2013

Some predicate logic proofs or derivations using Gentzen calculus. Try to prove them. Click on a line to select it. Select one or more lines, apply the appropriate rule off the Rules menu. (Click 'Derive It' off the Wizard Menu, if you want help).

Derive the following

(a) Fa ∴ (∀x)Fa

(b) (∀x) (Fx∧Gx) ∴ (∀x)Fx

(c) (∀x) (Fx∧Gx) ∴ (∀y)Fy

(d) ∴ (∀x)Fx≡(∀y)Fy

(e) (∀x) (Fx∧Gx) ∴ (∀y)Fy∧(∀z)Gz

(f) ∴ (∀x) (Fx∧Gx) ≡ (∀y)Fy∧(∀z)Gz

(g) ∴ (∀x) (Fx∧Gx) ≡ (∀x)Fx∧(∀x)Gx

#### Different systems

if you'd rather work with different logical symbols, you can do that

Derive the following

(a) Fa ∴ (x)Fa

(b) (x) (Fx.Gx) ∴ (x)Fx

(c) (x) (Fx.Gx) ∴ (y)Fy

(d) ∴ (x)Fx≡(y)Fy

(e) (x) (Fx.Gx) ∴ (y)Fy.(z)Gz

(f) ∴ (x) (Fx.Gx) ≡ (y)Fy.(z)Gz

(g) ∴ (x) (Fx.Gx) ≡ (x)Fx.(x)Gx

#### And there is set theory

There is the notion that whenever an element is a member of one set then it is also a member of a second set. When this occurs the first set is said to be a **subset** of the second, and this is denoted by the symbol '⊂' . There is an axiom covering this

(x⊂y) ≡(∀z)(zεx⊃zεy)

Axiom of Subsets

In English this says, 'x is a subset of y if, and only if, All z, if z is a member of x then z is also a member of y' .

[We certainly could have established this by means of a definition and the Axiom Schema of Abstraction, as explained earlier.]

And now we (ie you) can prove some theorems

1. ∴ ((u⊂v)∧ (v⊂w))⊃ (u⊂w) /*The transitivity of the subset relation. Help Video on how to do this.*/

2. ∴ ((u⊂v)∧ (v⊂u))⊃ (u=v) /*If two sets are subsets of each other, they are equal to each other.*/

3. ∴ (u=v)⊃ ((u⊂v)∧ (y⊂v)) /*If two sets are equal to each other, they are subsets of each other.*/

You will find the Axioms for Set Theory under the Advanced Menu, and all 3 of these proofs involve Universal Genalization and Instantiation steps to get the variables with the names you want.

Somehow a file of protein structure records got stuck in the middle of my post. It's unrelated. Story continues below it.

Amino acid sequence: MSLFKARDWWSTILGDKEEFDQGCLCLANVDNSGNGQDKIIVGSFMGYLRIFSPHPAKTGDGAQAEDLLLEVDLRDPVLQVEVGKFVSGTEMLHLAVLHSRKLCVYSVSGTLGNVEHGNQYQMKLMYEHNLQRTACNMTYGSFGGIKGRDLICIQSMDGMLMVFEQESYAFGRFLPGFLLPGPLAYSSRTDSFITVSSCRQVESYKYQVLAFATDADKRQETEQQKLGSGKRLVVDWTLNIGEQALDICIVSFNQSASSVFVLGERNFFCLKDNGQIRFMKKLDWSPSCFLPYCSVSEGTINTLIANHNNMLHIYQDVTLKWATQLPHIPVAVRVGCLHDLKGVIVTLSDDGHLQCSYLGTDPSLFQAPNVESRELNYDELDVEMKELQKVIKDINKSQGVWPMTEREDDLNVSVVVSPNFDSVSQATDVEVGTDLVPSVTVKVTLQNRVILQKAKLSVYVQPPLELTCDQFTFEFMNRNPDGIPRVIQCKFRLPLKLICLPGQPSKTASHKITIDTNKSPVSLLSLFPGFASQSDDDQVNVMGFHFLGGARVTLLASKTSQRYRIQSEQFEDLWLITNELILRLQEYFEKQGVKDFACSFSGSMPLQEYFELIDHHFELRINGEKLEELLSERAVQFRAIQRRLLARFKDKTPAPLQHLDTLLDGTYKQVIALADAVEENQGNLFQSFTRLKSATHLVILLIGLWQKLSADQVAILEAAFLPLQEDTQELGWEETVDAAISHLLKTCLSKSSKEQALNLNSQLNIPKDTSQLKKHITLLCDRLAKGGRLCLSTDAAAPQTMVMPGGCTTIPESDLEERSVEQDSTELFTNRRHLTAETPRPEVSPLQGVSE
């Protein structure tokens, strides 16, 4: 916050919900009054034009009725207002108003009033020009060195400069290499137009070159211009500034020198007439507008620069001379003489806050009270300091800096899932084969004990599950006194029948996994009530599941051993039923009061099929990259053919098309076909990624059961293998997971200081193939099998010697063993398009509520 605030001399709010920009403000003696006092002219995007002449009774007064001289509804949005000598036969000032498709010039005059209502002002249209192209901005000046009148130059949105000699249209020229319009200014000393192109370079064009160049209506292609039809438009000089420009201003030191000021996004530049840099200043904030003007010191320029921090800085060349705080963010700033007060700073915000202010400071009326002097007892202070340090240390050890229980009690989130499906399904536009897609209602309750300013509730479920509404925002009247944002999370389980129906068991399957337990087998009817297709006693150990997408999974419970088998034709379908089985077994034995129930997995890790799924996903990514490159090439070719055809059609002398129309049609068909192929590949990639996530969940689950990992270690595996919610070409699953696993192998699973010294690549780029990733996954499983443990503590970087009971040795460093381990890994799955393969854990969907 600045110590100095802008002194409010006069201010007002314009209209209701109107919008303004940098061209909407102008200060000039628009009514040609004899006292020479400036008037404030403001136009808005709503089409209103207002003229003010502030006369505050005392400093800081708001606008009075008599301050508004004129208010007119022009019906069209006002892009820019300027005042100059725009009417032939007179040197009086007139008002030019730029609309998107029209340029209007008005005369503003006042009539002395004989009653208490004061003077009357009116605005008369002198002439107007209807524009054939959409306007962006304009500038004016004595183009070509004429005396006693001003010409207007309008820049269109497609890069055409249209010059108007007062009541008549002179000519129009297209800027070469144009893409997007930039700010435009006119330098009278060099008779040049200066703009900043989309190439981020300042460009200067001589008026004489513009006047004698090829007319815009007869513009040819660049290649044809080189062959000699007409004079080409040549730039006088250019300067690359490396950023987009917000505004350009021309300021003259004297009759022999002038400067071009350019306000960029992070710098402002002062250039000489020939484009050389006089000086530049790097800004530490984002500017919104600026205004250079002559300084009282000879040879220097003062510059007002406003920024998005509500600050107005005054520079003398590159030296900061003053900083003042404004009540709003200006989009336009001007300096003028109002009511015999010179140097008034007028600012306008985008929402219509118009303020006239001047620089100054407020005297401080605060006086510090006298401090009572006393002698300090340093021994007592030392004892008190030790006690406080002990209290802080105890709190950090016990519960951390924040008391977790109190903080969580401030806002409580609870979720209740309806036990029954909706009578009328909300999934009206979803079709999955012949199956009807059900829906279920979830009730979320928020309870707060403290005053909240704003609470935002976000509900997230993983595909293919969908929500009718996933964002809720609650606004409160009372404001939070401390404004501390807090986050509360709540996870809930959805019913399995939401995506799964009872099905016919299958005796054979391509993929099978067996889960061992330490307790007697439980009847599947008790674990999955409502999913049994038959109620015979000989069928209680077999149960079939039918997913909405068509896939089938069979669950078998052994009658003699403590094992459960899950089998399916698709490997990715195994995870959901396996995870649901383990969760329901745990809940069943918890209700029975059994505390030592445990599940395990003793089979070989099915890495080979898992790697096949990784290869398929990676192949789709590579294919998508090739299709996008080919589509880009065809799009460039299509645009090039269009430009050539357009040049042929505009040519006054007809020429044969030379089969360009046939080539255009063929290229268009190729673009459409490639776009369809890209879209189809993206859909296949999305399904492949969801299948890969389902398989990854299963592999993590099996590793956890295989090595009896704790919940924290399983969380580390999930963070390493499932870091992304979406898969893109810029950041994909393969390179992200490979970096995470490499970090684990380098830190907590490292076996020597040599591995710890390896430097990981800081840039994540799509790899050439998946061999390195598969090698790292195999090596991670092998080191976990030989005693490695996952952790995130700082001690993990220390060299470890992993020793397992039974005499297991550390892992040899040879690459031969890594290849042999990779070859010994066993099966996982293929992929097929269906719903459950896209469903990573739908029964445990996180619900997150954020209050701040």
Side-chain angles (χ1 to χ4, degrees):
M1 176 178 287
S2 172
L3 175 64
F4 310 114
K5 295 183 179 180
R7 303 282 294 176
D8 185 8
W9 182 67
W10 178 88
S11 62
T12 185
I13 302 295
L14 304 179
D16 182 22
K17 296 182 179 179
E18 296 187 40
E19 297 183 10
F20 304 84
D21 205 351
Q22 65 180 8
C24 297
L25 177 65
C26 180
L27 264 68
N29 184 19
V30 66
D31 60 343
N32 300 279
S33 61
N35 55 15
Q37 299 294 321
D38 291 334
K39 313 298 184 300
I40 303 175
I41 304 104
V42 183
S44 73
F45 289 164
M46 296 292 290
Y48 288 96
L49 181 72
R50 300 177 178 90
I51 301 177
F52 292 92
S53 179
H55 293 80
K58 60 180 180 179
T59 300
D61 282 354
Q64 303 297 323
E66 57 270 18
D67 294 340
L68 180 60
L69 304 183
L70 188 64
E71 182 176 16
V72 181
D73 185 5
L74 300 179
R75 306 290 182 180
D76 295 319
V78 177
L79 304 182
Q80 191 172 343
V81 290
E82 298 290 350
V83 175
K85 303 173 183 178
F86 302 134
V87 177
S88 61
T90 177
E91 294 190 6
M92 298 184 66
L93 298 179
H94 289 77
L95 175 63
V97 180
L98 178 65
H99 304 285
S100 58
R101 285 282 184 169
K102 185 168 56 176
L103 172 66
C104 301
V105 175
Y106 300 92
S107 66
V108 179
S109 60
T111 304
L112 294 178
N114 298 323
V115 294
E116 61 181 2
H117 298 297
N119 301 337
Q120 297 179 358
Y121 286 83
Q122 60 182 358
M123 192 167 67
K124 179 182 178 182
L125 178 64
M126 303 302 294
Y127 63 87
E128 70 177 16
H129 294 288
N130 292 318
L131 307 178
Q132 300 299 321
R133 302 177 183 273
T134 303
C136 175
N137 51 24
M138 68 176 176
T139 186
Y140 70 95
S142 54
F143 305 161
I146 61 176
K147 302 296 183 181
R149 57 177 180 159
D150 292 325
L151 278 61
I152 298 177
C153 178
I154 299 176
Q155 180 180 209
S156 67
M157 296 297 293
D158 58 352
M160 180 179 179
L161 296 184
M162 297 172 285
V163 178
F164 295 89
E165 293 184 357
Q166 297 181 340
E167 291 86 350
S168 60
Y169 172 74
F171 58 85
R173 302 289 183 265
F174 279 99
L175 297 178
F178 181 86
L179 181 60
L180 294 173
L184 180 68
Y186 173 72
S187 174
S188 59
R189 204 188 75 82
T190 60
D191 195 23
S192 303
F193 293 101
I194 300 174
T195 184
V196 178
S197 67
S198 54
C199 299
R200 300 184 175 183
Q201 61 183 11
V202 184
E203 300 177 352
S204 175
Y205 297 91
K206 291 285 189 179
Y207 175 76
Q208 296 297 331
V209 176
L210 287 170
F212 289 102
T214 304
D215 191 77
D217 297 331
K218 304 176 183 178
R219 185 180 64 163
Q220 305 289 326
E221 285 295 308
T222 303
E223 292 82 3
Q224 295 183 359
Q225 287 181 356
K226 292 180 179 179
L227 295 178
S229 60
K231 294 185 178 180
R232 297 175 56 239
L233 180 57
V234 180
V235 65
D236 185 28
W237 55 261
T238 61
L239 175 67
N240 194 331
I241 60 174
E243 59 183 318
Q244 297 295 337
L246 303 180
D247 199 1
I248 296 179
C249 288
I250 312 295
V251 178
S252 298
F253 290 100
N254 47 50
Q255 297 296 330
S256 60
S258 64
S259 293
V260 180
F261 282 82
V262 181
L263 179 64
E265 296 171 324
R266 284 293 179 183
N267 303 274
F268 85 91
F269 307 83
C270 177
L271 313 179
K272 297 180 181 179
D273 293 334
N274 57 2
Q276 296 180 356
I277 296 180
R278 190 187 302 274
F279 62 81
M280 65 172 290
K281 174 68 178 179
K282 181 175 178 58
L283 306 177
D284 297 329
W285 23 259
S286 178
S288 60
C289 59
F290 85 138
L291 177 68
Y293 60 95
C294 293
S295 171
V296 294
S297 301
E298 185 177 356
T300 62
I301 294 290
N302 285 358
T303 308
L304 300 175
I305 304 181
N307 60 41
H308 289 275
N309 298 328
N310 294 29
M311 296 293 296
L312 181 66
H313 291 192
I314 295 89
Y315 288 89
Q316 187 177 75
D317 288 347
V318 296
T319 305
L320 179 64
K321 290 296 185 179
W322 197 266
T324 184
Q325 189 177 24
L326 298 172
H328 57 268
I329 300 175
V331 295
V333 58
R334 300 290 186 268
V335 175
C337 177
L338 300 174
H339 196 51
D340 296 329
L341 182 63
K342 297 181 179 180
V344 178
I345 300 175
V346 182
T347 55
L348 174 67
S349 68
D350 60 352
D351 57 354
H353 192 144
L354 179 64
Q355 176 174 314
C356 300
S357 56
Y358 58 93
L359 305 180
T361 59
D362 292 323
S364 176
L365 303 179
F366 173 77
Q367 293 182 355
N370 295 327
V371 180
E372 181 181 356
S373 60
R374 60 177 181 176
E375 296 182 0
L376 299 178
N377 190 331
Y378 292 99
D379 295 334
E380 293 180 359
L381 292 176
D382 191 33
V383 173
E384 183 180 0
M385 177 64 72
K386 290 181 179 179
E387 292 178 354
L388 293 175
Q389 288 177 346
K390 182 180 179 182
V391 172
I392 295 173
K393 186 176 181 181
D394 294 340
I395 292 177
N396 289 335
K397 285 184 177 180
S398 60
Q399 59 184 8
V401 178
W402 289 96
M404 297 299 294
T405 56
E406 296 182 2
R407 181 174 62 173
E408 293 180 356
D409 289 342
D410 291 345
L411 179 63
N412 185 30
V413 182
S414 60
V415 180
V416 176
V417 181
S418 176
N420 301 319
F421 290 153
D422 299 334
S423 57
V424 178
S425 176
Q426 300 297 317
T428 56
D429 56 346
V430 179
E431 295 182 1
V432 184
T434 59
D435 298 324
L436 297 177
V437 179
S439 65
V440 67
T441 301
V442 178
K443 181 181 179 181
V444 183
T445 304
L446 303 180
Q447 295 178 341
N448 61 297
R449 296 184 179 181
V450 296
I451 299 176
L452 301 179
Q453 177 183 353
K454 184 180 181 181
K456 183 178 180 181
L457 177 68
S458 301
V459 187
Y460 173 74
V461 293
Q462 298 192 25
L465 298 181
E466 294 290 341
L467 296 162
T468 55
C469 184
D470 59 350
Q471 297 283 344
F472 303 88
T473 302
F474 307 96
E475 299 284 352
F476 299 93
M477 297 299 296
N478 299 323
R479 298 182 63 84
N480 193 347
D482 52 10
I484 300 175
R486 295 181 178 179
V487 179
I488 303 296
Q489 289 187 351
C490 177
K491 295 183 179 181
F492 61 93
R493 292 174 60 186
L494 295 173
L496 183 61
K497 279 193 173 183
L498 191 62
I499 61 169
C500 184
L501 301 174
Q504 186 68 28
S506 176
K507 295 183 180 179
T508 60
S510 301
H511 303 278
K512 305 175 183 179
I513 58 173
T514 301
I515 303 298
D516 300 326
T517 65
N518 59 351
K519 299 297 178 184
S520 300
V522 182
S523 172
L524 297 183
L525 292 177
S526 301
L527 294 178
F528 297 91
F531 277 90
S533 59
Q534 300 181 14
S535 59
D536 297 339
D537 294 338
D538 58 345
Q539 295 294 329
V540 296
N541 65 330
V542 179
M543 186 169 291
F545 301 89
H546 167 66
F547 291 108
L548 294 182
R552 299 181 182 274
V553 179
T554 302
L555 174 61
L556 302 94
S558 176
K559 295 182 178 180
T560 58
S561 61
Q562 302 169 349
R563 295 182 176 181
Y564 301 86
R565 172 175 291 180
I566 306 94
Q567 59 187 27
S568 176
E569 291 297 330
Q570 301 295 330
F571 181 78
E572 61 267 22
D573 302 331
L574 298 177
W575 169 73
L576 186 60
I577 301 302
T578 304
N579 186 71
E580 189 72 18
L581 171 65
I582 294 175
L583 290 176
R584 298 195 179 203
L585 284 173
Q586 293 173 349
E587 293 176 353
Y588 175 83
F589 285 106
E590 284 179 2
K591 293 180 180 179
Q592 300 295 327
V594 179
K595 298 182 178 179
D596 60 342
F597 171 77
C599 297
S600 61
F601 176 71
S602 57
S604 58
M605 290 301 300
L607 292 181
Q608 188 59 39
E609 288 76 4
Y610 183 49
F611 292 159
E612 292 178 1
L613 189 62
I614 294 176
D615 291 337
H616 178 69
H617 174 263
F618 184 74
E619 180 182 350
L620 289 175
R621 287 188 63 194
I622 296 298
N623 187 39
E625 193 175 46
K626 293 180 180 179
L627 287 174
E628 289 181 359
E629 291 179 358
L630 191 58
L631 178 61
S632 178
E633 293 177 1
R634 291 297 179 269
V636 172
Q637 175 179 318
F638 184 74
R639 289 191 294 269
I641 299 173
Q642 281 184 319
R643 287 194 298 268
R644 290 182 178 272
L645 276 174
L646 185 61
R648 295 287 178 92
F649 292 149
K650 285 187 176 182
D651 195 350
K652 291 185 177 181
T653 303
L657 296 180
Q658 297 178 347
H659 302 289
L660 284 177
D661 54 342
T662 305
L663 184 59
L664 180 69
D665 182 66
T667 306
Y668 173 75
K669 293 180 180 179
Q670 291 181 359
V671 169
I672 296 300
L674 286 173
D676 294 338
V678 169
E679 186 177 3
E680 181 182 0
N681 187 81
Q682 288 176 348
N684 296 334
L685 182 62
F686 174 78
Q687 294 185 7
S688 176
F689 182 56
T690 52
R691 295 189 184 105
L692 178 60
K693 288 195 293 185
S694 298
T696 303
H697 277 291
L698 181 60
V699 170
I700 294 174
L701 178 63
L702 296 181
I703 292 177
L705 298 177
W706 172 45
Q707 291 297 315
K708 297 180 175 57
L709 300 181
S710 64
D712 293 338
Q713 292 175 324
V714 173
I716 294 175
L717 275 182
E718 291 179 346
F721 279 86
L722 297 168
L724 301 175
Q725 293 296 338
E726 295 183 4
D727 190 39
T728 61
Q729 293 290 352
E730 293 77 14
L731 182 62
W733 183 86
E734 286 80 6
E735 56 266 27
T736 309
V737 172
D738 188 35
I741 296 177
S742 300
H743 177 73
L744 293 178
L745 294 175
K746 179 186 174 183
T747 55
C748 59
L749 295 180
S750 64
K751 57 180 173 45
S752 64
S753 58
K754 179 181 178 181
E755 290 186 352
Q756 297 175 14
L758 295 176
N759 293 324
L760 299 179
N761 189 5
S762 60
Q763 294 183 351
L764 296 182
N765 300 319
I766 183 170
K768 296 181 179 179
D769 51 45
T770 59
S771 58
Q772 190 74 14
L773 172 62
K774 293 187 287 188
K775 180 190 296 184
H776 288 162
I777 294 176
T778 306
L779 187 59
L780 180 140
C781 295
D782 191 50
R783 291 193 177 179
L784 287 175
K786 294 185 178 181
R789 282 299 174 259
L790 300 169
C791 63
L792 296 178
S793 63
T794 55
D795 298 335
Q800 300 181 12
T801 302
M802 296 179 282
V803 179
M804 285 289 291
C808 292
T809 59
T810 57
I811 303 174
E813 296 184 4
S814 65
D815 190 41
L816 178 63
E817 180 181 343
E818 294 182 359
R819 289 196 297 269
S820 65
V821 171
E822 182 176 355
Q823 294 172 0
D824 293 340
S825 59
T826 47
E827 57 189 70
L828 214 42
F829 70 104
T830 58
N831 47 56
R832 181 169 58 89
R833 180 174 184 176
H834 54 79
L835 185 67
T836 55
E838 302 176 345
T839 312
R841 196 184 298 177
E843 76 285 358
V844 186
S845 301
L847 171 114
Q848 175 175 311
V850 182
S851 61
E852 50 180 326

Here is a proof of theorem 1.

#### Learning even more from mathematicians on making our proofs simpler

There is an awkwardness in our formal apparatus. It is to do with the facts that often we want to use xs and ys in our formulas, and that our axioms also use xs and ys; this sometimes forces us into 'changing bound variables' and all sorts of purely formal manipulations. These formal steps are nothing to do with set theory (and, in fact, are a waste of time as far as learning set theory goes). [The difficulties here are the reason why us, vs and ws were used in Theorems 1-3.]

When working mathematicians look at, say

(x⊂y) ≡(∀z)(zεx⊃zεy)

Axiom of Subsets

they know that the xs and ys can have, or be instantiated to, any values. They see the xs and ys as being *patterns* and then those patterns can be matched to any values. We can do the same. We can take the Axiom of Subsets (and the Axiom of Extensionality) to be rewrite rules. So here are the rules.

(x=y)::(∀z)(zεx≡zεy))

Rewrite Extensionality(x⊂y)::(∀z)(zεx⊃zεy)

Rewrite Subsets

[You might want to revise earlier material on rewriting. Easy Deriver Rewrites. Rewrite Rules are found on the Advanced Menu under Rewrites.]

Here is the same theorem using rewrites

And here is a Help Video showing that.

#### To continue with Set Theory

[There is a point of notation. When one set is a subset of another, often it is possible for the first to actually equal the second. Some writers acknowledge this by using the symbol '⊆' so that a⊆b is read 'a is a subset of b or is equal to it; then '⊂' as in a⊂b is 'a is a subset of b but is not equal to it'. If a set is a subset of another but is not equal to it, the first is said to be a *proper* subset of the second. We are not using any of these conventions here. For us, a⊂b is 'a is a subset of b or is equal to it' and a⊂b∧~(a=b) says that 'a is a proper subset of b' (for it is a subset and it is not equal).]

There is the empty or null set. This is a set that nothing is a member of, it has the symbol '∅' .

(∀x)(x∉∅)

Axiom of Empty Set

In English this says, 'Nothing is a member of the empty set'. [There is the alternative notation of '{}' for the empty set-- we are not really using that here. The software will read {} but it does not know that (∀x)(x∉{}). So, if you want to use that convention in your proofs, you will need an extra premise that ∅={} .]

There is a symbolic convention in use here 'not a member of' has the symbol '∉' so, for example, ~(xε∅) can be abbreviated as (x∉∅) .

There is the universe or universal set. This is a set that everything is a member of, it has the symbol 'Ü' (type option-U upper-case-U).

(∀x)(xεÜ)

Axiom of Universe Set

In English this says, 'Everything is a member of the Universal set' .

More theorems

4. ∴ ∅⊂x /*The Empty set is a subset of every set. */

5. ∴ x⊂Ü /*Every set is a subset of the Universe set.*/